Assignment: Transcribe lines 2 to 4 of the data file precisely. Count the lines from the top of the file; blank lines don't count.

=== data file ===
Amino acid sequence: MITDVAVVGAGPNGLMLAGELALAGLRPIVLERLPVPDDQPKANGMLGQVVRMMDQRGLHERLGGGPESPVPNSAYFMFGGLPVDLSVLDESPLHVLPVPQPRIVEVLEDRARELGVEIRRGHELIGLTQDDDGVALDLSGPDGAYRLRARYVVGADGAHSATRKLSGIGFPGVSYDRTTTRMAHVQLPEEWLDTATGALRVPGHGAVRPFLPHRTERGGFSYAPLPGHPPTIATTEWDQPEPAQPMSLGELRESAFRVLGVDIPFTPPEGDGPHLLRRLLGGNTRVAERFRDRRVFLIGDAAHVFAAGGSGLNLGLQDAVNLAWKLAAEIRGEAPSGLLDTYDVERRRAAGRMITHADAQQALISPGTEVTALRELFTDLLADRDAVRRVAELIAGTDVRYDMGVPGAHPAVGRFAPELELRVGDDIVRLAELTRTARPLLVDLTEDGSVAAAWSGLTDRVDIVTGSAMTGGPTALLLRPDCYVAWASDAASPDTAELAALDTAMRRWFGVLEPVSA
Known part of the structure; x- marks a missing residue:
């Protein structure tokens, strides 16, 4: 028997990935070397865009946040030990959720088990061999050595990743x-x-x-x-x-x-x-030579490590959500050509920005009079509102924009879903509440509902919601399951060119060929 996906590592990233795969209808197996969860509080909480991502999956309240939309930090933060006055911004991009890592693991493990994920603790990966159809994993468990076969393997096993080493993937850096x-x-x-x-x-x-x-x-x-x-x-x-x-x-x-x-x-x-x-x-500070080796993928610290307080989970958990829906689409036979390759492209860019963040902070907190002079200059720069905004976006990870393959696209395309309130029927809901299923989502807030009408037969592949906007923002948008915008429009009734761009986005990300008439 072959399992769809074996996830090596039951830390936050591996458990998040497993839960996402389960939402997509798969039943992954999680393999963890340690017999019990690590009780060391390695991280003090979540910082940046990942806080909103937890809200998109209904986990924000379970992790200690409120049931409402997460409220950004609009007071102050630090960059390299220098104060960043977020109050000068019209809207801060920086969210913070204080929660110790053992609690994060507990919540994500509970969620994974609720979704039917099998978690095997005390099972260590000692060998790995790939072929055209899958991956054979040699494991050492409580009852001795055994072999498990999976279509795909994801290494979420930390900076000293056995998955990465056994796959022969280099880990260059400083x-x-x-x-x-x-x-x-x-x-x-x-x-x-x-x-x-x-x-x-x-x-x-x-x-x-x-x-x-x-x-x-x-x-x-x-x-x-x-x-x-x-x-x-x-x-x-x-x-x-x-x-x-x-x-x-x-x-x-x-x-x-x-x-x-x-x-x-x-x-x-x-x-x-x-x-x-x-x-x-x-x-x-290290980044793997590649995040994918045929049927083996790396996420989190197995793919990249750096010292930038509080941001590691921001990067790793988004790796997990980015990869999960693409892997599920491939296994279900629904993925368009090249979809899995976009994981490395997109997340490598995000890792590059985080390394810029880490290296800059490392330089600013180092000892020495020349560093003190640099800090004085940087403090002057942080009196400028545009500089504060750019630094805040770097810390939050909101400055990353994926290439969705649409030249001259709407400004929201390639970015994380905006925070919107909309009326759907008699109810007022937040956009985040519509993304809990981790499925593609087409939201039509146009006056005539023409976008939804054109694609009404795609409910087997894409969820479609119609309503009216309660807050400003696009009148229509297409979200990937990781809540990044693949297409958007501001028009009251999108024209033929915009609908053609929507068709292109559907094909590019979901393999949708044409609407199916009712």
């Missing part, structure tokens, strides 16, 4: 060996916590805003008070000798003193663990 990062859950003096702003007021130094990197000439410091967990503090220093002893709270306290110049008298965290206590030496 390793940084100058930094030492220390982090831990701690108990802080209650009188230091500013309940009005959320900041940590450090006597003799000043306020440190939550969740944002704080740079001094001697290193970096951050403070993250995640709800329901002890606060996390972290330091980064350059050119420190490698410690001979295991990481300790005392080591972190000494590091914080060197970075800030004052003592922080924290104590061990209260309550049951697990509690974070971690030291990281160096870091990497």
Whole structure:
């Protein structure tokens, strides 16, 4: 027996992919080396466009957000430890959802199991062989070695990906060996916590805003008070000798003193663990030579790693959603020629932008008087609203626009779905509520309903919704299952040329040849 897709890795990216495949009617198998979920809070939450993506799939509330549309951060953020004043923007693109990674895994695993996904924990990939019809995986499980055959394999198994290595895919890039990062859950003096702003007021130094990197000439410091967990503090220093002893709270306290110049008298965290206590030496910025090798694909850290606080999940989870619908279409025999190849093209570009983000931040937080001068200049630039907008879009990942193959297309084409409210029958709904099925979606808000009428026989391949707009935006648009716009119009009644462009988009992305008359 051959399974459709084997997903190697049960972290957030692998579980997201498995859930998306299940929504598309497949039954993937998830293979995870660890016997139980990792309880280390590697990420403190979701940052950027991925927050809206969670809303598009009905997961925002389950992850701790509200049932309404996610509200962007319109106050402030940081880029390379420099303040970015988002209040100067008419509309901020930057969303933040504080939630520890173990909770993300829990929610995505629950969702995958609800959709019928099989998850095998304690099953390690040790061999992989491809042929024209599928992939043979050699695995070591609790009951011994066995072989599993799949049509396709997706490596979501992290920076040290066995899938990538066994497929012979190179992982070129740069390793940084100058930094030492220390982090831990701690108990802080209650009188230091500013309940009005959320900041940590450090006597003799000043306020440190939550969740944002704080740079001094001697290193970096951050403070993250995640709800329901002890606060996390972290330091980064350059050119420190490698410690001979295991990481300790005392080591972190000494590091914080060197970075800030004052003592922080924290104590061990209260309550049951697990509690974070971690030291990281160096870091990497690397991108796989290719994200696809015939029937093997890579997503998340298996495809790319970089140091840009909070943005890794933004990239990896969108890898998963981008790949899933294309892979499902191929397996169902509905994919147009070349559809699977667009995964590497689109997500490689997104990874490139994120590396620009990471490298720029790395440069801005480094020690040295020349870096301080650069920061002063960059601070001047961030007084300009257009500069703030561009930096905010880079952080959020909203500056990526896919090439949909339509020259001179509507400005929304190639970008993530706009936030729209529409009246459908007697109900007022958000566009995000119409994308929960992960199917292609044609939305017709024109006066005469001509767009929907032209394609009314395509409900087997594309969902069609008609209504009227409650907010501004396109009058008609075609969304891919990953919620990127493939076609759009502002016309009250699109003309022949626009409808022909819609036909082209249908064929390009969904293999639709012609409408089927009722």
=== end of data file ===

Known part of the structure; x- marks a missing residue:
């Protein structure tokens, strides 16, 4: 028997990935070397865009946040030990959720088990061999050595990743x-x-x-x-x-x-x-030579490590959500050509920005009079509102924009879903509440509902919601399951060119060929 996906590592990233795969209808197996969860509080909480991502999956309240939309930090933060006055911004991009890592693991493990994920603790990966159809994993468990076969393997096993080493993937850096x-x-x-x-x-x-x-x-x-x-x-x-x-x-x-x-x-x-x-x-500070080796993928610290307080989970958990829906689409036979390759492209860019963040902070907190002079200059720069905004976006990870393959696209395309309130029927809901299923989502807030009408037969592949906007923002948008915008429009009734761009986005990300008439 072959399992769809074996996830090596039951830390936050591996458990998040497993839960996402389960939402997509798969039943992954999680393999963890340690017999019990690590009780060391390695991280003090979540910082940046990942806080909103937890809200998109209904986990924000379970992790200690409120049931409402997460409220950004609009007071102050630090960059390299220098104060960043977020109050000068019209809207801060920086969210913070204080929660110790053992609690994060507990919540994500509970969620994974609720979704039917099998978690095997005390099972260590000692060998790995790939072929055209899958991956054979040699494991050492409580009852001795055994072999498990999976279509795909994801290494979420930390900076000293056995998955990465056994796959022969280099880990260059400083x-x-x-x-x-x-x-x-x-x-x-x-x-x-x-x-x-x-x-x-x-x-x-x-x-x-x-x-x-x-x-x-x-x-x-x-x-x-x-x-x-x-x-x-x-x-x-x-x-x-x-x-x-x-x-x-x-x-x-x-x-x-x-x-x-x-x-x-x-x-x-x-x-x-x-x-x-x-x-x-x-x-x-290290980044793997590649995040994918045929049927083996790396996420989190197995793919990249750096010292930038509080941001590691921001990067790793988004790796997990980015990869999960693409892997599920491939296994279900629904993925368009090249979809899995976009994981490395997109997340490598995000890792590059985080390394810029880490290296800059490392330089600013180092000892020495020349560093003190640099800090004085940087403090002057942080009196400028545009500089504060750019630094805040770097810390939050909101400055990353994926290439969705649409030249001259709407400004929201390639970015994380905006925070919107909309009326759907008699109810007022937040956009985040519509993304809990981790499925593609087409939201039509146009006056005539023409976008939804054109694609009404795609409910087997894409969820479609119609309503009216309660807050400003696009009148229509297409979200990937990781809540990044693949297409958007501001028009009251999108024209033929915009609908053609929507068709292109559907094909590019979901393999949708044409609407199916009712």
């Missing part, structure tokens, strides 16, 4: 060996916590805003008070000798003193663990 990062859950003096702003007021130094990197000439410091967990503090220093002893709270306290110049008298965290206590030496 390793940084100058930094030492220390982090831990701690108990802080209650009188230091500013309940009005959320900041940590450090006597003799000043306020440190939550969740944002704080740079001094001697290193970096951050403070993250995640709800329901002890606060996390972290330091980064350059050119420190490698410690001979295991990481300790005392080591972190000494590091914080060197970075800030004052003592922080924290104590061990209260309550049951697990509690974070971690030291990281160096870091990497």